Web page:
|"Before he enter on the execution of his office, he shall take the following oath or affirmation:--'I do solemnly swear (or affirm) that I will faithfully execute the office of President of the United States, and will to the best of my ability, preserve, protect and defend the Constitution of the United States.'" Article II, Section 1|
Saturday, January 20, 2001
West Front of the United States Capitol
Call to Order
and Welcoming Remarks:
The Government Printing Office printed up over 200,000 tickets, most for standing room. Each House member received a bit fewer than 200 and each Senate member a bit fewer than 400 to distribute, and the PIC received tens of thousands. About 1,400 people were on the platform (almost exactly 1,000 people were on the inner platform and another 400 in four boxes).
It is a major logistical challenge to make sure everyone is in the right place at the right time. Fourteen to fifteen hundred people have to be taken through the Capitol, which is a bit of maze, to the platform. The presidential party itself was about 20 minutes late leaving the White House. "It's amazing these things come off on time, said Somerville.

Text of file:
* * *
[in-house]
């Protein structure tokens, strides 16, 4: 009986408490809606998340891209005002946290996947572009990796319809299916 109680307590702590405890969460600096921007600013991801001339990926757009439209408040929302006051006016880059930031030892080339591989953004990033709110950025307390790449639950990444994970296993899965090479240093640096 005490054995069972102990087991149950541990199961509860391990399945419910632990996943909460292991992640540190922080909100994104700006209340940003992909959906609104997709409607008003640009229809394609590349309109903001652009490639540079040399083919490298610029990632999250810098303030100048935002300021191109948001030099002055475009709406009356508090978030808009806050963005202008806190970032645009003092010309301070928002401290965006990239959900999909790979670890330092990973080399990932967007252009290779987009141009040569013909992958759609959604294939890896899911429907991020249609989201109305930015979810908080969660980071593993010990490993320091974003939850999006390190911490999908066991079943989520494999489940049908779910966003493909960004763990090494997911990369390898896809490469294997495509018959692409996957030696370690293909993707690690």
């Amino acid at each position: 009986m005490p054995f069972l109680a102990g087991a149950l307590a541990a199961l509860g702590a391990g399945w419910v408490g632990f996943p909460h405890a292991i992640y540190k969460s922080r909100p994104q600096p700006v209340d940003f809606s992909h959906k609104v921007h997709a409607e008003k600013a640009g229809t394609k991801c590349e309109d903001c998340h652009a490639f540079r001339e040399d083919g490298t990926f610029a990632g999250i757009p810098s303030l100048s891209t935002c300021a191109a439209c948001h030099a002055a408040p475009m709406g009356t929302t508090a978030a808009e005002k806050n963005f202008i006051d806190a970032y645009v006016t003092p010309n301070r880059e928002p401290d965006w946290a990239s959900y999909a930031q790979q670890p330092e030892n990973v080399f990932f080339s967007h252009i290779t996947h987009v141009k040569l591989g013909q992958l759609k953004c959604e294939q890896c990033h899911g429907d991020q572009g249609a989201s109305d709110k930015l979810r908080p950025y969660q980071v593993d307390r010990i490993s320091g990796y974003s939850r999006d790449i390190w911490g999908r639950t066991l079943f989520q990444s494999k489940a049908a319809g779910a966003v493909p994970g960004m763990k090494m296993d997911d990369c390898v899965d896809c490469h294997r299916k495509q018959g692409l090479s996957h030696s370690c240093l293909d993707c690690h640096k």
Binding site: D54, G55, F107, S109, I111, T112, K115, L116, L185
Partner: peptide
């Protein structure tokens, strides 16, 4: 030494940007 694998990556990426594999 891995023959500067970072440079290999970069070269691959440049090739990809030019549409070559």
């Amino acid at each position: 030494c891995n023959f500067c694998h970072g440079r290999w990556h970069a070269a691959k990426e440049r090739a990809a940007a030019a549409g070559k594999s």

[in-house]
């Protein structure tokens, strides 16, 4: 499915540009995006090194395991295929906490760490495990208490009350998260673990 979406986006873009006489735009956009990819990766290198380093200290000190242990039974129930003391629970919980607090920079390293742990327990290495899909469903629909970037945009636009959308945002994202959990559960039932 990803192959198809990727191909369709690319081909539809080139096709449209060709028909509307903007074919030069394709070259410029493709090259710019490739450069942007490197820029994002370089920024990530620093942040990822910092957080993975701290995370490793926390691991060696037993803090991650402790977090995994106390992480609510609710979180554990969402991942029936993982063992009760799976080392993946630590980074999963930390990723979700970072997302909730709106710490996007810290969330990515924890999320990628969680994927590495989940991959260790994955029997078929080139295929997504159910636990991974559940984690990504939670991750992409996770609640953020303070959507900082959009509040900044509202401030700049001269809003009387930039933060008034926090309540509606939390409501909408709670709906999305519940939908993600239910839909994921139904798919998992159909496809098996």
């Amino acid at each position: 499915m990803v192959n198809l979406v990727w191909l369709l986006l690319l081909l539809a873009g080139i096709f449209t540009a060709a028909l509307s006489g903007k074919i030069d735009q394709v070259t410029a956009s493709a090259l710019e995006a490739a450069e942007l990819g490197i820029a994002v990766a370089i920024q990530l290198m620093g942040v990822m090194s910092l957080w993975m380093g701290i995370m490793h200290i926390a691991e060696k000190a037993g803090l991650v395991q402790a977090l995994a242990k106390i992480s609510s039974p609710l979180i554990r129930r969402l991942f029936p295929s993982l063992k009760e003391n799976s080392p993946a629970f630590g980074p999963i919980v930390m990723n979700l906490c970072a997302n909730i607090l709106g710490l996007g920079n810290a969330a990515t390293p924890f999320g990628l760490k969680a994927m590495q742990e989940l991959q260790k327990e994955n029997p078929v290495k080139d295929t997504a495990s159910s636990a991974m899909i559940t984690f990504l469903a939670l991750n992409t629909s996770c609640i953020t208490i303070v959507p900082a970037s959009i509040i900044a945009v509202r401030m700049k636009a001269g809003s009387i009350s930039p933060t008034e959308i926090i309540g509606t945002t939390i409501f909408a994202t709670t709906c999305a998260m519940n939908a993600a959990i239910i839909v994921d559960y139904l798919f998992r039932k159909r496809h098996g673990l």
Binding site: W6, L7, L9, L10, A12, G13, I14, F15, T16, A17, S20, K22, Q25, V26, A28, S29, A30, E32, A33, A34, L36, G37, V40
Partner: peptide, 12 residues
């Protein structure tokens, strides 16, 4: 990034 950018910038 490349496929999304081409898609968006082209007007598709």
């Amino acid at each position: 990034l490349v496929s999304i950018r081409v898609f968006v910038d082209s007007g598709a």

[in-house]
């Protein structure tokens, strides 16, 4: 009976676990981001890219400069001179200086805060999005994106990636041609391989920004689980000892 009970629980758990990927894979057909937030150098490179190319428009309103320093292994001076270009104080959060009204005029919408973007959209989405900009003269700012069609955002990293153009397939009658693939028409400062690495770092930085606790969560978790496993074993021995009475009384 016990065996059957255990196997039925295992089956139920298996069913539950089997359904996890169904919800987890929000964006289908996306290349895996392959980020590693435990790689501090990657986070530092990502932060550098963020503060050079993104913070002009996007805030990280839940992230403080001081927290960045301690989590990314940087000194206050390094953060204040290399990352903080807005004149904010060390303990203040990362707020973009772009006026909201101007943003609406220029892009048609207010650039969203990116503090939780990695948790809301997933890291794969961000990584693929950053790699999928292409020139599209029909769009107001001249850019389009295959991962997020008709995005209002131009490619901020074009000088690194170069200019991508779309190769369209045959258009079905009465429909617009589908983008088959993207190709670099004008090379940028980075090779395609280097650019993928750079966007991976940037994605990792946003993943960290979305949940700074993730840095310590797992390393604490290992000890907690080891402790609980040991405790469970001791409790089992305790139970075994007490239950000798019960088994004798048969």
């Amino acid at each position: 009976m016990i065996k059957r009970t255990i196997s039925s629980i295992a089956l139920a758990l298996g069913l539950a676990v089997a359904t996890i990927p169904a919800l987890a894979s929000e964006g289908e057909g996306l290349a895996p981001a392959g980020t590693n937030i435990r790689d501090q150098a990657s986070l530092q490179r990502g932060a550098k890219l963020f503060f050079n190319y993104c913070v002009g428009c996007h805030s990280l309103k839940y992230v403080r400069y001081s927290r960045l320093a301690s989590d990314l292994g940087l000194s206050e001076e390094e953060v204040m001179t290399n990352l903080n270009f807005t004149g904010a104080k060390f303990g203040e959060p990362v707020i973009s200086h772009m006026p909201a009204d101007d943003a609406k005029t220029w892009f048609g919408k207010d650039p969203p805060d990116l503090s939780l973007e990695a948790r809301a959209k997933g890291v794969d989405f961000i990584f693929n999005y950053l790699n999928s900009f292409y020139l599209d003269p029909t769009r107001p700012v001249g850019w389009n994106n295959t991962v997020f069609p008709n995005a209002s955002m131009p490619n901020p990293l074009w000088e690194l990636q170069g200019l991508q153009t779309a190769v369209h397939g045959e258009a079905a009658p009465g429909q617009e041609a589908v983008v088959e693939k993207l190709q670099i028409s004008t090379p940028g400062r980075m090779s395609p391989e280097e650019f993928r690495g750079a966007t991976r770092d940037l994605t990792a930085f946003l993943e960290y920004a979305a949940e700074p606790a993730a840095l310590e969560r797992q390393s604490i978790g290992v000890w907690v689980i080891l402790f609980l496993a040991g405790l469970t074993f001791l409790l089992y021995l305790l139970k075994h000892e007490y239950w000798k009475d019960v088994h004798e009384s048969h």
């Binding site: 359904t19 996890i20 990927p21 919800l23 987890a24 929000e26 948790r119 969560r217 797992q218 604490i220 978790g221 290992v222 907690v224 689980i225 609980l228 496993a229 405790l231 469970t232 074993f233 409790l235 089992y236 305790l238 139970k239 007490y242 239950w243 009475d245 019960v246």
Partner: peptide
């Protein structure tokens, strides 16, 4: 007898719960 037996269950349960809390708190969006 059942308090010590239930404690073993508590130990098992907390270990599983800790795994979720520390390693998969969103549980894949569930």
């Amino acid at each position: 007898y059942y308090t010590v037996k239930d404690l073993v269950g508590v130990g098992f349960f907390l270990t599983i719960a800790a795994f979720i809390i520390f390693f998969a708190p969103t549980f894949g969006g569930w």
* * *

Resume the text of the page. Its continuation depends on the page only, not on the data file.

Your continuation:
The original program called for the Rev. Billy Graham to deliver the invocation, but he had to bow out due to illness.
Transition spokesman Ari Fleischer said Bush's inaugural address would run 10-12 minutes and would focus on "unifying the nation" and would be "healing in tone and spirit." Bush started to talk over his ideas on the speech with speechwriter Michael Gerson in December; Gerson wrote the bulk of the speech, while advisors Karen Hughes and Karl Rove also provided input.